• We are sorry, but NCBI web applications do not support your browser and may not function properly. More information
Logo of pnasPNASInfo for AuthorsSubscriptionsAboutThis Article
Proc Natl Acad Sci U S A. Oct 11, 1994; 91(21): 9861–9865.

Molecules vs. morphology in avian evolution: the case of the "pelecaniform" birds.


The traditional avian Order Pelecaniformes is composed of birds with all four toes connected by a web. This "totipalmate" condition is found in ca. 66 living species: 8 pelicans (Pelecanus), 9 boobies and gannets (Sula, Papasula, Morus), ca. 37 cormorants (Phalacrocorax), 4 anhingas or darters (Anhinga), 5 frigatebirds (Fregata), and 3 tropicbirds (Phaethon). Several additional characters are shared by these genera, and their monophyly has been assumed since the beginning of modern zoological nomenclature. Most ornithologists classify these genera as an order, although tropicbirds have been viewed as related to terns, and frigatebirds as relatives of the petrels and albatrosses. DNA.DNA hybridization data indicated that the pelicans are most closely related to the Shoebill (Balaeniceps rex), a stork-like bird that lives in the swamps of central Africa; the boobies, gannets, cormorants, and anhingas form a closely related cluster; the tropicbirds are not closely related to the other taxa; and the frigatebirds are closest to the penguins, loons, petrels, shearwaters, and albatrosses (Procellarioidea). Most of these results are corroborated by DNA sequences of the 12S and 16S rRNA mitochondrial genes, and they provide another example of incongruence between classifications derived from morphological versus genetic traits.

Full text

Full text is available as a scanned copy of the original print version. Get a printable copy (PDF file) of the complete article (1.1M), or click on a page image below to browse page by page. Links to PubMed are also available for Selected References.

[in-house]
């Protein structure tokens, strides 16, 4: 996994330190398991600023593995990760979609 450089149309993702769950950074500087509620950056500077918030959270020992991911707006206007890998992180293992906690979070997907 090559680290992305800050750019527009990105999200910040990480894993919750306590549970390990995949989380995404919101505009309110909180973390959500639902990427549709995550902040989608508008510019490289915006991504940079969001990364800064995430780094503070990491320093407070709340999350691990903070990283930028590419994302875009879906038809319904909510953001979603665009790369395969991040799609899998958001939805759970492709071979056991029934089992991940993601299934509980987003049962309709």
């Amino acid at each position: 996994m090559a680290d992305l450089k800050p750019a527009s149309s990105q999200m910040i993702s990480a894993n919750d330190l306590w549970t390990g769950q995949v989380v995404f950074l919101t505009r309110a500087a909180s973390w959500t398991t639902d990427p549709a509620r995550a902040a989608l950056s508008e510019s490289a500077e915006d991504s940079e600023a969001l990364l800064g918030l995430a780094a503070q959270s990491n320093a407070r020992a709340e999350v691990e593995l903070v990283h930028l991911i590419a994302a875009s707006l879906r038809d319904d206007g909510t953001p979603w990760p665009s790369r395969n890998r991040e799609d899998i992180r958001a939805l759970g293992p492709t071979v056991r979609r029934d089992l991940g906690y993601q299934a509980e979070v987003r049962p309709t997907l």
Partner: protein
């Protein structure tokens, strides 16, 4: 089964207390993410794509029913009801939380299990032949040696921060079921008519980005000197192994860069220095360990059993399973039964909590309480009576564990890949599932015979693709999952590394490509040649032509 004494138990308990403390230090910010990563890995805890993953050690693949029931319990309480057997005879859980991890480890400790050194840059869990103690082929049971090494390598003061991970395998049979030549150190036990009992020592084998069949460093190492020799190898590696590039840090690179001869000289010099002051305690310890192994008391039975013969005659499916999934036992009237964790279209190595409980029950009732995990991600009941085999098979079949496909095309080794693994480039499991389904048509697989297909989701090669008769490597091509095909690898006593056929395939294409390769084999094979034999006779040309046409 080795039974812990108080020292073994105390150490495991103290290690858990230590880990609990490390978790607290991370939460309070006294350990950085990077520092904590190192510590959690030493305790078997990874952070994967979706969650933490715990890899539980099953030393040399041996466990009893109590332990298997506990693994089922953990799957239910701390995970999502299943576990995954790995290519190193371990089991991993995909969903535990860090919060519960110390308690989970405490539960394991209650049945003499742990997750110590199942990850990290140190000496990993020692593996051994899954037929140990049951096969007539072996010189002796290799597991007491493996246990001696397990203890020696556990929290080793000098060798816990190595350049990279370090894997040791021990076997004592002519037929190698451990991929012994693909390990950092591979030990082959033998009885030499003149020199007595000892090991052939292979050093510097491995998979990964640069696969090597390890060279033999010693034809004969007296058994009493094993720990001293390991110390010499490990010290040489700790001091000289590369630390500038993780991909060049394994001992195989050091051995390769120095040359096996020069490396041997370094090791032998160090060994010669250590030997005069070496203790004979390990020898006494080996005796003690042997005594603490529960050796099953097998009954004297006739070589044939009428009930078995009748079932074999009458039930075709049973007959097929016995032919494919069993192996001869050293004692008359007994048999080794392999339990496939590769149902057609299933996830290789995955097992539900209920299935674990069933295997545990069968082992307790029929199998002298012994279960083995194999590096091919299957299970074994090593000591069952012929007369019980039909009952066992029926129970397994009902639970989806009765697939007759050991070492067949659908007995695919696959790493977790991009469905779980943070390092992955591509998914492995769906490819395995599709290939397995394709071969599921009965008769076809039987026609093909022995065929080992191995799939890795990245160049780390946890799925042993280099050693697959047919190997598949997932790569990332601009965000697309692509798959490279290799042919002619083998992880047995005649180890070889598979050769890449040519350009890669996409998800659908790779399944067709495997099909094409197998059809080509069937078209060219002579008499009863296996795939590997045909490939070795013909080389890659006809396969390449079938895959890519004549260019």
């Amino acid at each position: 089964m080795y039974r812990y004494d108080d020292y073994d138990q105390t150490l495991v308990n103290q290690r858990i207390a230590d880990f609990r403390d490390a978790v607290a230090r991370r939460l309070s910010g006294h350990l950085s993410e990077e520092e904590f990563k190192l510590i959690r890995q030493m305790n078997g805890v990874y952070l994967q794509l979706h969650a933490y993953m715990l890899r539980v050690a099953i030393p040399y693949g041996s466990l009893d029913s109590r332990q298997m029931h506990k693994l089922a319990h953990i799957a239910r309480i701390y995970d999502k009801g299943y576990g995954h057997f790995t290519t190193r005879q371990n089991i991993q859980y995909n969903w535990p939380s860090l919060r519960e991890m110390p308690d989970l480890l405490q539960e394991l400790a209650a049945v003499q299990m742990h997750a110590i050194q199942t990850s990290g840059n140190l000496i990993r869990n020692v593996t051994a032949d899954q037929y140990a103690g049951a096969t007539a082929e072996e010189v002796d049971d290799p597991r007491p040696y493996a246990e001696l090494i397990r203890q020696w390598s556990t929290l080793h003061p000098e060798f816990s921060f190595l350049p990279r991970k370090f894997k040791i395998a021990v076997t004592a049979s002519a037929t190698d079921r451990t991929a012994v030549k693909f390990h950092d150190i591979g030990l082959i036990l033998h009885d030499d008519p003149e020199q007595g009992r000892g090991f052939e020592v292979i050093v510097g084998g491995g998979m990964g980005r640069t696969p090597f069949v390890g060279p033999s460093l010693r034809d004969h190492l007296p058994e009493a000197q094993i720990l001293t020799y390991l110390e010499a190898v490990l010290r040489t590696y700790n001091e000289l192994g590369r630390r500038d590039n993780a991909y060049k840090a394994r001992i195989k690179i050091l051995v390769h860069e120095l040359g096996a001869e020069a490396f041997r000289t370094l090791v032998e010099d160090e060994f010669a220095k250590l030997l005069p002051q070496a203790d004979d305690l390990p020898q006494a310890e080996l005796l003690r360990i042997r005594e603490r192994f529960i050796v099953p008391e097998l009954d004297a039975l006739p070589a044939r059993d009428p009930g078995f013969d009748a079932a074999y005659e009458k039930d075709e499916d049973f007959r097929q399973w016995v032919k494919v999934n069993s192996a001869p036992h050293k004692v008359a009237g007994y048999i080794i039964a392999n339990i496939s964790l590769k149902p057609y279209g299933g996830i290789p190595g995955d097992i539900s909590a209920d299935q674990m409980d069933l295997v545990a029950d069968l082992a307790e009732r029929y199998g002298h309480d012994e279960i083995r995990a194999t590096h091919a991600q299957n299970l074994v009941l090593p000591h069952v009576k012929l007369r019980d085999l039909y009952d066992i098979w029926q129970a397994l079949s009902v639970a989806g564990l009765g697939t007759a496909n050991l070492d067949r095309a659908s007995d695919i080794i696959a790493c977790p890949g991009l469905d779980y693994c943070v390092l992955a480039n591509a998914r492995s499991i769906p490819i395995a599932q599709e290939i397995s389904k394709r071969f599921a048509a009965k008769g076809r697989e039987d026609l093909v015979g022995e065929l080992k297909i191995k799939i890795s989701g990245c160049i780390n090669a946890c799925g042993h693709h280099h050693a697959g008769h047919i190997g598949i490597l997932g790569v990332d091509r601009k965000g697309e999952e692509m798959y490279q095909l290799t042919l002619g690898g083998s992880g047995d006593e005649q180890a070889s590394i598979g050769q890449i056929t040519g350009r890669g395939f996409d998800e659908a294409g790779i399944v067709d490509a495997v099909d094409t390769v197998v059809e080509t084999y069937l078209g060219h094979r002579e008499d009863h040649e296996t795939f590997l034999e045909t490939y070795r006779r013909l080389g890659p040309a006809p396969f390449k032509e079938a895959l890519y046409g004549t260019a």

Images in this article

Click on the image to see a larger version.

Selected References

These references are in PubMed. This may not be the complete list of references from this article.
  • Desjardins P, Morais R. Nucleotide sequence and evolution of coding and noncoding regions of a quail mitochondrial genome. J Mol Evol. 1991 Feb;32(2):153–161. [PubMed]
  • Hedges SB. Molecular evidence for the origin of birds. Proc Natl Acad Sci U S A. 1994 Mar 29;91(7):2621–2624. [PMC free article] [PubMed]
  • Kocher TD, Thomas WK, Meyer A, Edwards SV, Päbo S, Villablanca FX, Wilson AC. Dynamics of mitochondrial DNA evolution in animals: amplification and sequencing with conserved primers. Proc Natl Acad Sci U S A. 1989 Aug;86(16):6196–6200. [PMC free article] [PubMed]
  • Cabot EL, Beckenbach AT. Simultaneous editing of multiple nucleic acid and protein sequences with ESEE. Comput Appl Biosci. 1989 Jul;5(3):233–234. [PubMed]
  • Kumar S, Tamura K, Nei M. MEGA: Molecular Evolutionary Genetics Analysis software for microcomputers. Comput Appl Biosci. 1994 Apr;10(2):189–191. [PubMed]
  • Saitou N, Nei M. The neighbor-joining method: a new method for reconstructing phylogenetic trees. Mol Biol Evol. 1987 Jul;4(4):406–425. [PubMed]
  • Avise JC, Nelson WS, Sibley CG. DNA sequence support for a close phylogenetic relationship between some storks and New World vultures. Proc Natl Acad Sci U S A. 1994 May 24;91(11):5173–5177. [PMC free article] [PubMed]
  • Hedges SB, Bezy RL. Phylogeny of xantusiid lizards: concern for data and analysis. Mol Phylogenet Evol. 1993 Mar;2(1):76–87. [PubMed]

Articles from Proceedings of the National Academy of Sciences of the United States of America are provided here courtesy of National Academy of Sciences


Related citations in PubMed

See reviews...See all...

Cited by other articles in PMC

See all...


Recent Activity

Your browsing activity is empty.

Activity recording is turned off.

Turn recording back on

See more...